As a part of homework, I was asked What does $\lim_{x\to a} f(x)=\infty$ mean? In an earlier calculus class I was taught that in order for $L=\lim_{x\to a}f(x)$ to exist, we need that ...
1
vote
2answers
113 views

How does the epsilon-delta definition define a limit?

I understand what the epsilon-delta definition is saying in regards to the distance from a point c and the distance from your limit, but I don't understand how this defines a limit. Any help is ...
1
vote
4answers
92 views

Vertical bar notation: $\frac{d}{dt}|_{t=0}f(a+tv)=$?

The definition of the directional derivative is $D_vf(a)$=$\left.\dfrac{d}{dt}\right|_{t=0}f(a+tv)=\lim \limits_{t\to0}\dfrac{f(a+tv)-f(a)}{t}$. However, I do not understand how this bar notation is ...
0
votes
1answer
47 views

Fiding a derivative

I need to find the derivative of $\sqrt{x^2+3x}$ using the definition of derivative. e.g. $\frac{f(x)-f(a)}{x-a}$ as x->a. Normally I get these but the $x^2$ is messing me up. I am at $$\lim ...
0
votes
2answers
92 views

I Need Help Understanding the Formal Definition of A Limit

I had been taught the formal definition of a limit with quantifiers. For me, it is very hard to follow and I understand very little of it. I was told that: $$\text{If} \ \lim\limits_{x\to a}f(x)=L, \ ...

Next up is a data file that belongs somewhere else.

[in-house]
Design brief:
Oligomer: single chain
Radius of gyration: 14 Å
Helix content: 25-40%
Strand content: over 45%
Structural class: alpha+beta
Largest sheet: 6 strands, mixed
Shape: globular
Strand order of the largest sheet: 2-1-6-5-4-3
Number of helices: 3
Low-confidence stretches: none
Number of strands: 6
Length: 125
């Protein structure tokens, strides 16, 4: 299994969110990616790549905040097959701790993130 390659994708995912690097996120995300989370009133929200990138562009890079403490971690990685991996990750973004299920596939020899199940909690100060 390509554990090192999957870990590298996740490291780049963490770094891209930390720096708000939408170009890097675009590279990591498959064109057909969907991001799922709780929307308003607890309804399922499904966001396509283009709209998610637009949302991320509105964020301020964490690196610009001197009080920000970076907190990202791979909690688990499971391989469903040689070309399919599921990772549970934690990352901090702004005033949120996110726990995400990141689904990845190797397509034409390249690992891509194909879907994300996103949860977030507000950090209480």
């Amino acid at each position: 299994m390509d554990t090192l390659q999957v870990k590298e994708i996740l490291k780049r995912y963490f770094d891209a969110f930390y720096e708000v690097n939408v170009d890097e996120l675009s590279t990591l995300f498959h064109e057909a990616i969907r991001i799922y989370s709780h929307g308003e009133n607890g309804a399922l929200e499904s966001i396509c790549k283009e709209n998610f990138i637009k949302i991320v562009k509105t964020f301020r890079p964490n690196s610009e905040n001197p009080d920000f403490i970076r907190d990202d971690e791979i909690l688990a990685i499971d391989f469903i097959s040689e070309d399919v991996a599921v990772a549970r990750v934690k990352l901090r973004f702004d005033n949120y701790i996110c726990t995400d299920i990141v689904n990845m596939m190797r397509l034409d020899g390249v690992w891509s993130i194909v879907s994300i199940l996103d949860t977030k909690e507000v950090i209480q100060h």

0
votes
0answers
27 views

Definition of $\partial^2{u}/ \partial {n^2}$

I want to solve a boundary value problem on a square, that one of the boundary condition is $$\frac{\partial^2{u}}{ \partial {n^2}}=0.$$ The test example that I want to solve is: $$\Delta^2u=f,$$ ...
19
votes
5answers
595 views

$\epsilon, \delta$…So what?

Over the course of my studies I often encounter phrases in reference material of the type "and this avoids the need for using $\epsilon$, $\delta$ definitions" or "by this we can omit those ...
3
votes
2answers
126 views

Radius of Convergence and its application to a Power Series including $x^{2n}$ rather than $x^n$